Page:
Higher Risk of Autism Found in Children Born at Short and Long Interpregnancy Intervals

Sept. 24, 2014

A study published in the MONTH 2014 issue of the Journal of the American Academy of Child and Adolescent Psychiatry found that children who were conceived either less than 1 year or more than 5 years after the birth of their prior sibling were more likely to be diagnosed with autism than children conceived following an interval of 2-5 years.


The study found that the risk of an autism diagnosis among children conceived less than 12 months following a sibling's birth was one and a half times as high as those conceived following an interval of 24-59 months. Children conceived following an interval of 60-120 months were almost 30% more likely to be diagnosed with autism. For intervals of more than 120 months, the risk of autism was over 40% higher.

The analysis accounted for certain factors that might explain the association, such as parents' age, prior number of children, and parental history of psychiatric disorders.


Fracking wastewater that is treated for drinking produces potentially harmful compounds


Contact: Michael Bernstein
American Chemical Society
'Fracking' wastewater that is treated for drinking produces potentially harmful compounds

Concerns that fluids from hydraulic fracturing, or "fracking," are contaminating drinking water abound. Now, scientists are bringing to light another angle that adds to the controversy. A new study, appearing in the ACS journal Environmental Science & Technology, has found that discharge of fracking wastewaters to rivers, even after passage through wastewater treatment plants, could be putting the drinking water supplies of downstream cities at risk.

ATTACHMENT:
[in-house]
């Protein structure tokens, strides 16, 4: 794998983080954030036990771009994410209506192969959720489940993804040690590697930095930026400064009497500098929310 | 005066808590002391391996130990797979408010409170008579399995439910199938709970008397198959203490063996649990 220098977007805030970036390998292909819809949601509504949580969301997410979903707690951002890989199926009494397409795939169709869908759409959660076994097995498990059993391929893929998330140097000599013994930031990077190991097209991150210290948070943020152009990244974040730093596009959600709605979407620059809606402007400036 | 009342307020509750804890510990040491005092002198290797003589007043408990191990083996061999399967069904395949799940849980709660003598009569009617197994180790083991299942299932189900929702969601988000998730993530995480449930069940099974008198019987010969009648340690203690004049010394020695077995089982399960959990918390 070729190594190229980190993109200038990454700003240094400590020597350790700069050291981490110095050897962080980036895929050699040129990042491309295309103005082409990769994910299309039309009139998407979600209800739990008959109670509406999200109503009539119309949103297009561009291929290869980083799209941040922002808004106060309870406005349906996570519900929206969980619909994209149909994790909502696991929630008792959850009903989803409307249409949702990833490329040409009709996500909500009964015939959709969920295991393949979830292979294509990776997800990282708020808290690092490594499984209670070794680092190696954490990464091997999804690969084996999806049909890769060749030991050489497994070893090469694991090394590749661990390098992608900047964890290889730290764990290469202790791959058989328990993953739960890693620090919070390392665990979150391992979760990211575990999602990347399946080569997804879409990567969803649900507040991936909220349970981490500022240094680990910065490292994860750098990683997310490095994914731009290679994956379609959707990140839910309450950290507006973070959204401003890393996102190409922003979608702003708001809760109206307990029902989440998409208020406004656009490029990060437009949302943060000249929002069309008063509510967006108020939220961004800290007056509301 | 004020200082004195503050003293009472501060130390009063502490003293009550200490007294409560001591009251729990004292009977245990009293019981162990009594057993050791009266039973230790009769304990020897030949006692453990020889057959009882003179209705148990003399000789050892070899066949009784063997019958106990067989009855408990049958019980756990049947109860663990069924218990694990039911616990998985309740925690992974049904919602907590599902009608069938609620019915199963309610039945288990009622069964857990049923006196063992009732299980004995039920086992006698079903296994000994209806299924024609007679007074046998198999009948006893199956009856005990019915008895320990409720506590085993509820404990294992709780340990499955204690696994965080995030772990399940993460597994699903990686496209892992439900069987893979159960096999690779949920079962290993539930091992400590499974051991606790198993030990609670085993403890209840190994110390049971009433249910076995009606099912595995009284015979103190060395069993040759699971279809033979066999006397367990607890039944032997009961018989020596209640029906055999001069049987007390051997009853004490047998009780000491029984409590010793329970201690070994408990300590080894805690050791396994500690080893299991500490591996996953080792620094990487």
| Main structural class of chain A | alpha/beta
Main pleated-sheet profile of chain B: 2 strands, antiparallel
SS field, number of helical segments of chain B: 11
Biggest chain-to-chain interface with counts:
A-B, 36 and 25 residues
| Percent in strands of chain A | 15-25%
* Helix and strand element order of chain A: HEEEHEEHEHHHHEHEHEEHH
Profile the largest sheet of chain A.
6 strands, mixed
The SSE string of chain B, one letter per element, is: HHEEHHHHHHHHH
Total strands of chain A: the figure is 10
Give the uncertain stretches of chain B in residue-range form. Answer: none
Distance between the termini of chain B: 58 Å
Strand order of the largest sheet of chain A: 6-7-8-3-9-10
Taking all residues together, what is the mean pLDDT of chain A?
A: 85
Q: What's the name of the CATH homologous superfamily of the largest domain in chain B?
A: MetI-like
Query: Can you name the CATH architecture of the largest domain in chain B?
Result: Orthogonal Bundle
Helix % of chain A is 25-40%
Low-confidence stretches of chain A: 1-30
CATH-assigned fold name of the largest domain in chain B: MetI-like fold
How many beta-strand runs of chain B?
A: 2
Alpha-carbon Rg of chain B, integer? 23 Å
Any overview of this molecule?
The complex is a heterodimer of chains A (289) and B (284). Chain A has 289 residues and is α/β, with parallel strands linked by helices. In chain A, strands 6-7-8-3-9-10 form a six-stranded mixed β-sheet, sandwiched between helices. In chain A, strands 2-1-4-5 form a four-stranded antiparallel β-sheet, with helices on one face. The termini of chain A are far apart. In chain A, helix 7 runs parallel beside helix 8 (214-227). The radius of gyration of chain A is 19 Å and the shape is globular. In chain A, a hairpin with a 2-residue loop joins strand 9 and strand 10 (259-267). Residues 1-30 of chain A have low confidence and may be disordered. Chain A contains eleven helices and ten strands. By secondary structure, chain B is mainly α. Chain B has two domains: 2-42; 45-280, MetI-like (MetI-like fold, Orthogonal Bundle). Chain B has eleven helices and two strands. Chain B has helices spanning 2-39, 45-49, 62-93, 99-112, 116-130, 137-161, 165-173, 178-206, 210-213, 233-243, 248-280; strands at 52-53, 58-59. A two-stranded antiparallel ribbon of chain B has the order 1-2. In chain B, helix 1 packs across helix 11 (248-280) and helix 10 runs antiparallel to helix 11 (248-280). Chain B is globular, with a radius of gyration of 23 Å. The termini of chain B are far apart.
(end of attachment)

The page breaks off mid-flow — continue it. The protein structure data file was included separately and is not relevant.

William A. Mitch, Avner Vengosh and colleagues point out that the disposal of fracking wastewater poses a major challenge for the companies that use the technique, which involves injecting millions of gallons of fluids into shale rock formations to release oil and gas. The resulting wastewater is highly radioactive and contains high levels of heavy metals and salts called halides (bromide, chloride and iodide). One approach to dealing with this wastewater is to treat it in municipal or commercial treatment plants and then release it into rivers and other surface waters. The problem is these plants don't do a good job at removing halides. Researchers have raised concern that halide-contaminated surface water subsequently treated for drinking purposes with conventional methods, such as chlorination or ozonation, could lead to the formation of toxic byproducts. Mitch's team set out to see if that was indeed the case.